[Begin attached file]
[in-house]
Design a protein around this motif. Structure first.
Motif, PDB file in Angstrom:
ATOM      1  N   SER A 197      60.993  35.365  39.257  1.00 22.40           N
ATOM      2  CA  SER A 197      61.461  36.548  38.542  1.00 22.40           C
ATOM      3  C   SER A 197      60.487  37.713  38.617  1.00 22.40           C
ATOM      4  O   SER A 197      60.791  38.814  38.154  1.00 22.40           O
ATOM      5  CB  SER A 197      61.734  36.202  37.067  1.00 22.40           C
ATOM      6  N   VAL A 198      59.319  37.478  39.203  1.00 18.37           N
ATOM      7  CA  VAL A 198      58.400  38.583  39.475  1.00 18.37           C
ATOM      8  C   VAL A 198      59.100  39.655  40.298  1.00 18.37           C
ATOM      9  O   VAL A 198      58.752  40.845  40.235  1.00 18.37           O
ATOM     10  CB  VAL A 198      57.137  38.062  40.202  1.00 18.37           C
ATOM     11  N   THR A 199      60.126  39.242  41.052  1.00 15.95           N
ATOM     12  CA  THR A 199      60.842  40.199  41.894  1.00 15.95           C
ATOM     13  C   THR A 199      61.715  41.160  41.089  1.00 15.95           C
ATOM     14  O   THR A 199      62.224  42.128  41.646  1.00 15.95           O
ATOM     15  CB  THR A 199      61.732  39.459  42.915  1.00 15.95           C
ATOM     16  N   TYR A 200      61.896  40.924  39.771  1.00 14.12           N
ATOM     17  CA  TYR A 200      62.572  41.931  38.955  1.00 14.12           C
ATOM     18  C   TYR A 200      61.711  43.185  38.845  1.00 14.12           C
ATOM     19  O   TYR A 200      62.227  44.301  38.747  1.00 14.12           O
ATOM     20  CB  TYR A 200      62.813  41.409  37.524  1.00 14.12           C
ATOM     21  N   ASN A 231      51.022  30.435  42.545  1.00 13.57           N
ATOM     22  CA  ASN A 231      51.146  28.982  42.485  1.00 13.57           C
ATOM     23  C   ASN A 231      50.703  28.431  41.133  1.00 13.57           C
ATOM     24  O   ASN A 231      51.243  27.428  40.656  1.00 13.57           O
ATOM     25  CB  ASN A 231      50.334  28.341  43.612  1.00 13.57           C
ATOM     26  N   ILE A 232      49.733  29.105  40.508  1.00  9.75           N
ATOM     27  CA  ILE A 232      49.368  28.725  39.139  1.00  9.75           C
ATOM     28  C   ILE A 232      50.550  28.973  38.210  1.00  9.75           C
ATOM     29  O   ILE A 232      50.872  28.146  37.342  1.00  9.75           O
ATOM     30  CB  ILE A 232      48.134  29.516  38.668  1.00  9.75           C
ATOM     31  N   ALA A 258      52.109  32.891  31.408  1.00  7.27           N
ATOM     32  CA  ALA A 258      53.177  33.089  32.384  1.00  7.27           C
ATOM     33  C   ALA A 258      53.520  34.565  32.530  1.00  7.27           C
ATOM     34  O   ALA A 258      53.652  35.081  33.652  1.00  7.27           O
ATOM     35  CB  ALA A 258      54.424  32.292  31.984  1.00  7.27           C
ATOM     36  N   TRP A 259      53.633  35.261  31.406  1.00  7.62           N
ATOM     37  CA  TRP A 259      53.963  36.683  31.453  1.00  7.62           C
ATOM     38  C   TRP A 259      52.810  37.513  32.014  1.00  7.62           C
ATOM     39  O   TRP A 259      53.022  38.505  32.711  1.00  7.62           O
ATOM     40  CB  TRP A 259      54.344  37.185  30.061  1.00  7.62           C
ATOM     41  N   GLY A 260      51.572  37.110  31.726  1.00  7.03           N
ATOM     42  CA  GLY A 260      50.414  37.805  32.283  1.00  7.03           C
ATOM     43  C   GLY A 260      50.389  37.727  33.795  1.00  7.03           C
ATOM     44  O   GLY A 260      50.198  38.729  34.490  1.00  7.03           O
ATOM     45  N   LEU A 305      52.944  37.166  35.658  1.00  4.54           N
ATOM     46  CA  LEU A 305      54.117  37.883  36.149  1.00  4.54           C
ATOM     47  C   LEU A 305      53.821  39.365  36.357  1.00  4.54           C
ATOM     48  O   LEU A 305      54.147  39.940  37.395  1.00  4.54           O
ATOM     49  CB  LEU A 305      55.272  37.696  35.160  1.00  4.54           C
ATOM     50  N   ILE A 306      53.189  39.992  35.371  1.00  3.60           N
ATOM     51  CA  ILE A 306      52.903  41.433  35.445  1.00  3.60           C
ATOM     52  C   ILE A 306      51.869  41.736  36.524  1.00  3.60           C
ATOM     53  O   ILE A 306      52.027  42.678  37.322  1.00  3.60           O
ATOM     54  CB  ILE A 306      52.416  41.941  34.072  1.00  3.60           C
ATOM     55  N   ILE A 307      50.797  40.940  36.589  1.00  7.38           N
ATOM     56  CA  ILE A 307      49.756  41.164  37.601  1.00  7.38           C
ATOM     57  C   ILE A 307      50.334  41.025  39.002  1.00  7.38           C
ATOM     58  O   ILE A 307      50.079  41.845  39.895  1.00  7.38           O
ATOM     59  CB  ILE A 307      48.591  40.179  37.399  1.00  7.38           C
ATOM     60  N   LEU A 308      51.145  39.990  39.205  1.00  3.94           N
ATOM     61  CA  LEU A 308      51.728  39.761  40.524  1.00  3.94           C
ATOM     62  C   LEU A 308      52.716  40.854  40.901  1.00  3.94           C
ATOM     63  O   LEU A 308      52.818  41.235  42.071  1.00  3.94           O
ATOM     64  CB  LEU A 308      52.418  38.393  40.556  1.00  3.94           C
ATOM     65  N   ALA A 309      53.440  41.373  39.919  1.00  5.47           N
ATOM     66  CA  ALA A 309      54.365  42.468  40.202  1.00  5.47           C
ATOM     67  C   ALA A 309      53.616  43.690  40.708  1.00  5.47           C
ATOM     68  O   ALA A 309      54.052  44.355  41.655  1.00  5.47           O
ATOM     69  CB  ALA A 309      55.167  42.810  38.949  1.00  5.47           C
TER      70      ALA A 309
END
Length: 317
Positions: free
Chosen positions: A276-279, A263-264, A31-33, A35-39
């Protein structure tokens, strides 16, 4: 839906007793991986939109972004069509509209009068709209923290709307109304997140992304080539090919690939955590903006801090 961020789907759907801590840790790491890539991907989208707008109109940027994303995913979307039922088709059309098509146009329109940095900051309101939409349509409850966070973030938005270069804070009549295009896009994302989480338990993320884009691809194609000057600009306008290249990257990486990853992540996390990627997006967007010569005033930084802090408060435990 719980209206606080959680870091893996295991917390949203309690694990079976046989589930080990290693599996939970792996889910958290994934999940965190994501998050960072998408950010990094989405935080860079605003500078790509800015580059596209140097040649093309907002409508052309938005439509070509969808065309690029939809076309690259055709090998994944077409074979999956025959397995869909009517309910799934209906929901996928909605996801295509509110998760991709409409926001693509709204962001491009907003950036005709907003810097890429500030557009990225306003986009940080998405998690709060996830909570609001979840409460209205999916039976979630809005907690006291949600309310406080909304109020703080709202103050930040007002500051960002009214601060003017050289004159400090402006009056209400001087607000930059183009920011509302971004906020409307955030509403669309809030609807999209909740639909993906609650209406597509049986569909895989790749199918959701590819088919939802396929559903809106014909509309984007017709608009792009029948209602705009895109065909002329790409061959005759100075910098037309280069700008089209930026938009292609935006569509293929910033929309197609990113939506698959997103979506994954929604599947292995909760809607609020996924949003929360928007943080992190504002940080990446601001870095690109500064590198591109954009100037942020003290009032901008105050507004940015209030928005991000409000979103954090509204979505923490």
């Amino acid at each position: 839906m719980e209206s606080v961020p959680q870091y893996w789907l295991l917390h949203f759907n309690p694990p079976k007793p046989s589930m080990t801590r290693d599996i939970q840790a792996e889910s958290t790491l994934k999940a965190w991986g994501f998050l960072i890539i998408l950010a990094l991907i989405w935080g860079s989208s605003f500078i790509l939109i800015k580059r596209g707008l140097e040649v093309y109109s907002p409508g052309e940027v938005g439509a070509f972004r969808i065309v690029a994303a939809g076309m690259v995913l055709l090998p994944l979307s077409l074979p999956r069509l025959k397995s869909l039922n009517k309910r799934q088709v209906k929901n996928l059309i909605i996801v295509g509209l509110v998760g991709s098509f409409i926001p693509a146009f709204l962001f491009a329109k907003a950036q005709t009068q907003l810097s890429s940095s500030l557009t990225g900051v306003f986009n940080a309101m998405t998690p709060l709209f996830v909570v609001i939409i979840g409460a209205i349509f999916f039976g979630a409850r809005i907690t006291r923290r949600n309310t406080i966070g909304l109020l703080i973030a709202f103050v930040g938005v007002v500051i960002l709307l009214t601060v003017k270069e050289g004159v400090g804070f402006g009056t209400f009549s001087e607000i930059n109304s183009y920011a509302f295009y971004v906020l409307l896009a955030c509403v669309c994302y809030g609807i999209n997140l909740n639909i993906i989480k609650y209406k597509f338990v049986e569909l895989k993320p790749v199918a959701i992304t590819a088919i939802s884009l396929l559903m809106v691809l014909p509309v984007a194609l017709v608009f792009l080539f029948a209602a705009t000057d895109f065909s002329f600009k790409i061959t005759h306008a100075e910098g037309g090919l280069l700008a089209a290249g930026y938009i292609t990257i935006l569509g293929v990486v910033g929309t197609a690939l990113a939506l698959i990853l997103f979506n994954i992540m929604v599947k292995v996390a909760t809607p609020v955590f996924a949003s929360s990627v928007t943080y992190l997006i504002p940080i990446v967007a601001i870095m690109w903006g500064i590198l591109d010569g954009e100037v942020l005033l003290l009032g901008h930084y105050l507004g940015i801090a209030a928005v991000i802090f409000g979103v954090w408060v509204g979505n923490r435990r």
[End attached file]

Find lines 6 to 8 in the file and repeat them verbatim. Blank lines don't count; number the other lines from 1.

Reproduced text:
ATOM      3  C   SER A 197      60.487  37.713  38.617  1.00 22.40           C
ATOM      4  O   SER A 197      60.791  38.814  38.154  1.00 22.40           O
ATOM      5  CB  SER A 197      61.734  36.202  37.067  1.00 22.40           C